Rape culture, a new definition for a contentious idea

Rape culture is a term that can be bandied about rather irresponsibly, both by people who take the term seriously and those who dismiss it. Rape culture does not refer to a culture that explicitly endorses rape (though such a society would certainly qualify). Elizabeth Nolan Brown is characteristically clarifying on the topic:

Much of the skepticism surrounding “rape culture”—and from here I’m moving beyond Soave or McElroy’s critiques to criticism more broadly—takes the term to imply a) radical Islam-levels of female oppression, b) coordinated male conspiracy, or c) a consensus that all elements of rape culture contribute equally to rape rates.

But when feminists decry rape culture in the U.S., they’re not suggesting life for American women is literally a constant struggle to avoid being raped. No one’s saying we face the same level of sexual violence as women in, say, Syria right now. That would be absurd. Which is why I find the “South Africa—now there’s a rape culture, ladies!” argument to be oversimplified and unproductive.

But neither does it mean your common or garden variety objectification of or discrimination against women. I want to propose a definition that is meaningful and workable. I define rape culture as a culture in which

  1. the testimony of women about sexual assault or sexual harassment or misconduct is commonly and instinctively dismissed or qualified (e.g., “surely there was some misunderstanding”);
  2. the behavior of women is circumscribed by constant reminders of the real and imagined threat of rape (don’t go to that party alone; don’t wear that dress; don’t drink; don’t invite him in; etc);
  3. allegations against a man for sexual assault are often turned into a trial of a woman for her character and sexual history (“but she had consented to have sex with him previously” or “she’s been around the block a few times”), implicitly setting up a comparison with a “perfect victim“, as well as her efforts to minimize the risk of assault (see (2));
  4. the effects on the lives of alleged rapists (“he had such a bright future!”) are emphasized in reporting and discussion disproportionately compared to what is seen for other crimes;
  5. rape – when it is believed actually to have occurred – is infused with overwhelming and life-changing power, imposing on the victim additional psychological burdens of playing their role as victim convincingly to fit the socially expected narrative script (in fact, every individual has a unique history and psychology, and can reasonably be expected to have different reactions to sexual assaults, each of which is likewise unique);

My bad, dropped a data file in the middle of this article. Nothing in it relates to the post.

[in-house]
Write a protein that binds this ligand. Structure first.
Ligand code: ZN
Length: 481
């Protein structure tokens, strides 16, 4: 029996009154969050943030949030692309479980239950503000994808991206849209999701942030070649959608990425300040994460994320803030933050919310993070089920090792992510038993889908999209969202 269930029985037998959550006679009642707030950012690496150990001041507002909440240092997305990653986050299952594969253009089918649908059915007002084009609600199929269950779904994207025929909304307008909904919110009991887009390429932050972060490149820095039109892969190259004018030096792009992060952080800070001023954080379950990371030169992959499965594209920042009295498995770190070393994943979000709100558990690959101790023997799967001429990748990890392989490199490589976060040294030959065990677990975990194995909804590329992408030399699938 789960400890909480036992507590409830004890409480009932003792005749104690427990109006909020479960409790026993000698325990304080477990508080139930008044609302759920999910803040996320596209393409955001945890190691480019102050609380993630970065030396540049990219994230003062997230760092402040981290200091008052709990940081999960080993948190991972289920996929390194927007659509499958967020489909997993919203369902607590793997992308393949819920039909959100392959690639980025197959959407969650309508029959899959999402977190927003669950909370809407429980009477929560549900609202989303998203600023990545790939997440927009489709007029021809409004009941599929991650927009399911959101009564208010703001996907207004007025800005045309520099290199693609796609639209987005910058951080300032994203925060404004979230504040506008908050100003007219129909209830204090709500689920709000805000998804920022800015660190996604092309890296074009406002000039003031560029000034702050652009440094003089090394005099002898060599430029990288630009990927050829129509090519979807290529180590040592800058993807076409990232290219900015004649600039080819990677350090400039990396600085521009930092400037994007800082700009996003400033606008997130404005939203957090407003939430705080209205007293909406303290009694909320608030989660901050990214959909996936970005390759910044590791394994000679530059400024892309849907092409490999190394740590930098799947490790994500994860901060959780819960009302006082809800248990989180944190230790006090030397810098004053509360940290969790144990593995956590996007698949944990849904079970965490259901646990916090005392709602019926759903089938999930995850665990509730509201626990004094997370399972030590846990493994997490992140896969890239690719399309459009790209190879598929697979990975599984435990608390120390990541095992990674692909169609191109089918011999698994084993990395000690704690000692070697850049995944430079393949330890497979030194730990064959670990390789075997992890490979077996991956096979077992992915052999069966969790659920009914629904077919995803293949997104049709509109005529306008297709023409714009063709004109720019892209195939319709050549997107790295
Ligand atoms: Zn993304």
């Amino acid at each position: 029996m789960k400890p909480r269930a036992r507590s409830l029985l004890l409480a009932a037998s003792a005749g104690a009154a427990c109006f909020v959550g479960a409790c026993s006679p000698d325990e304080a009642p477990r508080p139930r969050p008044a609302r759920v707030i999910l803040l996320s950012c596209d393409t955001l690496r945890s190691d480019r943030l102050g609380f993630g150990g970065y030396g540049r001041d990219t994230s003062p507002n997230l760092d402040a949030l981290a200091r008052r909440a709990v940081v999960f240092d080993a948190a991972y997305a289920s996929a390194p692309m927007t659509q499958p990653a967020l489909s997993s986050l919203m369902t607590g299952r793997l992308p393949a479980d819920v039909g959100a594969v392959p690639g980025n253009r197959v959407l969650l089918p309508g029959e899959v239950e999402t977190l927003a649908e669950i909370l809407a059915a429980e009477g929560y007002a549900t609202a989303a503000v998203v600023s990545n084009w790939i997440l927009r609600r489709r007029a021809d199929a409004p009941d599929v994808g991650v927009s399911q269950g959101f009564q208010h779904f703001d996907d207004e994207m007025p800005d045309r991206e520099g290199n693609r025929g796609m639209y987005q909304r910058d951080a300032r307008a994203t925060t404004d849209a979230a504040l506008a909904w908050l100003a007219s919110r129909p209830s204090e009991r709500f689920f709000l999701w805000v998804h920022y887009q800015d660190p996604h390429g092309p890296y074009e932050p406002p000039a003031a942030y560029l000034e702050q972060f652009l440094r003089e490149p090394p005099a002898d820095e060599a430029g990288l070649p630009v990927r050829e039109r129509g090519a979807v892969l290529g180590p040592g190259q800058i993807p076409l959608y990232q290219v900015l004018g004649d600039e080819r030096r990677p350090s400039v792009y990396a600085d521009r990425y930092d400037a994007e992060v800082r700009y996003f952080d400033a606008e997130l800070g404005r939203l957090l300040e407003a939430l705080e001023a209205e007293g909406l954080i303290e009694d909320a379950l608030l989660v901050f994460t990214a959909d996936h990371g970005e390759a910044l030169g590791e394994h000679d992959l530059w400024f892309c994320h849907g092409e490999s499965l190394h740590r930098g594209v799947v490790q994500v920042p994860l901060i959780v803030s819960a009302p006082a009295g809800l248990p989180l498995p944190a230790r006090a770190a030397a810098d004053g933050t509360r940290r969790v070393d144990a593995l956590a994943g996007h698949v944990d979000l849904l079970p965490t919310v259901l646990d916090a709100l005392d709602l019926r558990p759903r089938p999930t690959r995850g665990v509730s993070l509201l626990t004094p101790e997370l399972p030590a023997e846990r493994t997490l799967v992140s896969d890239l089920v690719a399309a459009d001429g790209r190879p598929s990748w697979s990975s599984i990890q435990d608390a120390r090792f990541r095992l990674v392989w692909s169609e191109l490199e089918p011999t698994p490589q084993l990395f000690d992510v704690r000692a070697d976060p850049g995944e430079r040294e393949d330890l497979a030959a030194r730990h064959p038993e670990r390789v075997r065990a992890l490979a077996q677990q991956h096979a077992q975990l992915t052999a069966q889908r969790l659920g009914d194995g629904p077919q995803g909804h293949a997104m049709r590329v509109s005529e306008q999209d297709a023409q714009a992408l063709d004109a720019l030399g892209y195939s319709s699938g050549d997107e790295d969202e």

6. rape is not taken seriously in political ways (e.g., leaving thousands of rape kits untested on the shelf);
  7. rape is condoned as an appropriate and justifiable punishment for criminal wrongdoing (as when a convicted criminal is seen to “deserve whatever happens to them in prison”) and indeed this is even an uncontroversial source of humor;
  8. rape is – if not condoned outright – viewed as more of a misdemeanor when the victim is a sexual deviant of some kind (e.g., rape of a sex worker is cheekily framed as “theft of services” rather than a violation of bodily autonomy and consent, and transgender individuals are raped at disproportionately high rates due to their sexualization by society);
  9. rape is heavily gendered, such that the masculinity of male rape victims is questioned, regardless of the gender of the rapist;
  10. and finally, the broad social pattern described above manifests not primarily through conscious intent to create a sexual hierarchy of violent domination, but through tacit acceptance and subtle perpetuation of social norms.

Now, because I embrace tension and ambiguity, I want to acknowledge that a rape culture narrative can be abused. I believe rape culture as defined above exists and is a serious problem. But I also believe that a rape culture is compatible with hamfisted and unwise reactions and solutions, however well-meaning.

Rape culture does not mean every accusation of rape is true or reasonable. Indeed, some accusations are downright absurd and they should not be taken seriously out of paranoia about running afoul of Title IX, “political correctness”, or anything else. Bad sex is not the same as rape. And of course, nothing about the reality of rape culture justifies journalistic fabrication or other kinds of dishonesty.

Acknowledgments: Some folks in the Not That Kind of Feminist Facebook community were extremely helpful in both tweaking the definition above as well as chasing down some of the hyperlinked references.

18 thoughts on “Rape culture, a new definition for a contentious idea

  1. Do you mean to say that a rape culture is one in which any of those things occurs, all of those things occur, or a certain number of those things occur?